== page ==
An approach for consensus
Entrepreneurs run their enterprises in the face of extreme uncertainty, constraints and limited funds. Often the founders will have very different knowledge backgrounds and personal traits. This definitely helps in enhancing the capacity but also creates discords and increases time taken for decision-making.
I have developed a 3-pronged approach to speed up decision-making. This is from my experience running my startup with my 2 partners.
What is seen to work is easy to accept. A prototype is a powerful means to communicate, test and critique an idea. For a software product a prototype will be working code with the basic representative features, in case of a design a prototype could be a wireframe diagram, for a toy it could be a static wooden model.
At my startup we had to decide the software platform to be used. I was very keen on Ruby on Rails but my partner had been a long time Java patriot. The deadlock was broken when I built a basic prototype in a few hours. Today we run on RoR, and we totally love the framework.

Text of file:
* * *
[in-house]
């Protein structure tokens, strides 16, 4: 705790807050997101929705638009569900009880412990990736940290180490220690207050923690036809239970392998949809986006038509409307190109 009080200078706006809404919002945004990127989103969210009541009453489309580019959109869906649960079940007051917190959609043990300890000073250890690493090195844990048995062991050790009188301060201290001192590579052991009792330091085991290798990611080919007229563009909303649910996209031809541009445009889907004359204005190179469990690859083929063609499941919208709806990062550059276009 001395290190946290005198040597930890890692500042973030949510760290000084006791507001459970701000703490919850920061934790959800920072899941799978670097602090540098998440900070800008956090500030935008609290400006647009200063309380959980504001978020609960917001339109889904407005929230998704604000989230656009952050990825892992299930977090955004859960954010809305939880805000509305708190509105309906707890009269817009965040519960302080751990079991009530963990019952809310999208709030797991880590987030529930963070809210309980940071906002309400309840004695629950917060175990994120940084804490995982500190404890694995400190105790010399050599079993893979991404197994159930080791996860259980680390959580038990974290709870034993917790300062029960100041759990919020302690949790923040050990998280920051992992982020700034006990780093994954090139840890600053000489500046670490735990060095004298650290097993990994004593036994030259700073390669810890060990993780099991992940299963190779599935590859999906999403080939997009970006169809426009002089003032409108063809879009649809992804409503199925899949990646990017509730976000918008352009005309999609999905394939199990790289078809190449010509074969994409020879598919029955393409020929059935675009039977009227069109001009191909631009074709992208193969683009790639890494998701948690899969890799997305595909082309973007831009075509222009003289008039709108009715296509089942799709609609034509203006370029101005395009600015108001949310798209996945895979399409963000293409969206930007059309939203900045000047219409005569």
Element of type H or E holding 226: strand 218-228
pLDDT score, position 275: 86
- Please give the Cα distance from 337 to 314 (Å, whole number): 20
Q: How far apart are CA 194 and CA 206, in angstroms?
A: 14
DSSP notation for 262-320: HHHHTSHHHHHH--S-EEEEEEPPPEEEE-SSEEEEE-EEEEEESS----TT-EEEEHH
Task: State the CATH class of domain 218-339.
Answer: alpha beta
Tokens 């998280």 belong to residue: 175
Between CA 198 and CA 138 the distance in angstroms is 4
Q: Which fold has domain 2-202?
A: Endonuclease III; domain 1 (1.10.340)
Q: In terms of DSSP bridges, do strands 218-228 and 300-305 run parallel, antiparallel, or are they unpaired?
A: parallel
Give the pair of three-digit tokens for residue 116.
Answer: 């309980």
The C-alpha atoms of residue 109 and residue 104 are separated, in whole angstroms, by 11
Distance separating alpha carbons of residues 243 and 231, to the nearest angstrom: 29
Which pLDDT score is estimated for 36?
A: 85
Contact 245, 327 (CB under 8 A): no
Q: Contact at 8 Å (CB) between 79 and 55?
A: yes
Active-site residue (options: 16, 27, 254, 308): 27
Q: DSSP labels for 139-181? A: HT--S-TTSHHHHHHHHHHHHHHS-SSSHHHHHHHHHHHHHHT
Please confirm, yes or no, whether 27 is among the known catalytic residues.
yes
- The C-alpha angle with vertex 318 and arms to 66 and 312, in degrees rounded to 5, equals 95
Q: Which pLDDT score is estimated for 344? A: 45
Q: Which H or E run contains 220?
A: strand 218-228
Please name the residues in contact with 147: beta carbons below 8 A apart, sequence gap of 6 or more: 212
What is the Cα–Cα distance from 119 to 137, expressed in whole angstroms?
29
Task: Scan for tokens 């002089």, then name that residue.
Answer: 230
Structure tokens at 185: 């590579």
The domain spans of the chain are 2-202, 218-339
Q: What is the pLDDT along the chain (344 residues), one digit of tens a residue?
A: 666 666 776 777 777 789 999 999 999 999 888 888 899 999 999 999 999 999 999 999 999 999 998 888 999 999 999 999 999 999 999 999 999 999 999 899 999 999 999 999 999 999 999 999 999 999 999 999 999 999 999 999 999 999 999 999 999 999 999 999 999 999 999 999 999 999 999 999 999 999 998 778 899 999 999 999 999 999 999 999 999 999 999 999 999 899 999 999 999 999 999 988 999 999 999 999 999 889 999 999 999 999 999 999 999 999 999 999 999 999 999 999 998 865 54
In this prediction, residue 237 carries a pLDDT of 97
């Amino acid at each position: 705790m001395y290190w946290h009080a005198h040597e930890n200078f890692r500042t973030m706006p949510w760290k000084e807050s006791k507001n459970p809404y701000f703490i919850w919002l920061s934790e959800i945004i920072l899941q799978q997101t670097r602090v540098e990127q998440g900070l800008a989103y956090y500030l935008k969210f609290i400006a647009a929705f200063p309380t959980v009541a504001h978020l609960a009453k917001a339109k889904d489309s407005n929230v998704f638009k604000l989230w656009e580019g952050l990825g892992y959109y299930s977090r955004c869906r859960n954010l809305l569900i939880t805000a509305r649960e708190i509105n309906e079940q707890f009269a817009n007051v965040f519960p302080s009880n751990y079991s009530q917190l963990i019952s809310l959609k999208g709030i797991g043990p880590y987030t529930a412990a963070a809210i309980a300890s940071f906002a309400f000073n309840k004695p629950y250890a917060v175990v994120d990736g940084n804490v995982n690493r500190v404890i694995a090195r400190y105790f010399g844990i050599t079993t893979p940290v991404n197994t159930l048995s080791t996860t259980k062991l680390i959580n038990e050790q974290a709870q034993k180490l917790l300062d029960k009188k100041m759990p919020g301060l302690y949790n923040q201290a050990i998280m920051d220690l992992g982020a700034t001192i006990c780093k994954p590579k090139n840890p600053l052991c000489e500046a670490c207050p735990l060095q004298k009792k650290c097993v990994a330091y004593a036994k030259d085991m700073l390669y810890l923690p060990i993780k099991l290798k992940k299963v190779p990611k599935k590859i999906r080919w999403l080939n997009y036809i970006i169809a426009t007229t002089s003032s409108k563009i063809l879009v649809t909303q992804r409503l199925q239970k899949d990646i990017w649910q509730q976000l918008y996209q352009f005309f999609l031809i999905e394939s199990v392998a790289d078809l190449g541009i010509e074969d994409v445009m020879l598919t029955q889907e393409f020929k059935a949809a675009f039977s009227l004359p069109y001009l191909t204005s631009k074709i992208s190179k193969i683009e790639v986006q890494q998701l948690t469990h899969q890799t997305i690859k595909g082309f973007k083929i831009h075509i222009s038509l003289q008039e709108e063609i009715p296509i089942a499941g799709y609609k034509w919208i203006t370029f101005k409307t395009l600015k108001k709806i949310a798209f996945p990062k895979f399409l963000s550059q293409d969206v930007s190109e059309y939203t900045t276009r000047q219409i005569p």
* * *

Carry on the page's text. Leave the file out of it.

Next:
The way you represent a concept plays a big part in its adoption. An anchor is a reference used to introduce an idea or an argument. Suppose you want to propose the discontinuation of the 50% of your least profitable products – it may start a heated debate. If you use, say, the Pareto’s 80/20 principle as an anchor to state that shrinking your product line will simplify your business improving its efficiency and enable better after sales service for the top performing products, your partners will have a different prospective of your proposal.
3) Mantra Test
Set a mantra for your enterprise. According to Guy Kawasaki, “A mantra is three or four words long. Its purpose is to help employees truly understand why the organization exists.” Every enterprise should have a mantra, it serves as a guiding light. A mantra is different from the vision and the mission statements, firstly, it is short. Secondly, your team can actually comprehend it to stand by it. Whenever a decision has to be made, test it against the mantra, analyse how it aligns with it. This also helps to set priorities to tasks. Weed out anything that fails the test badly.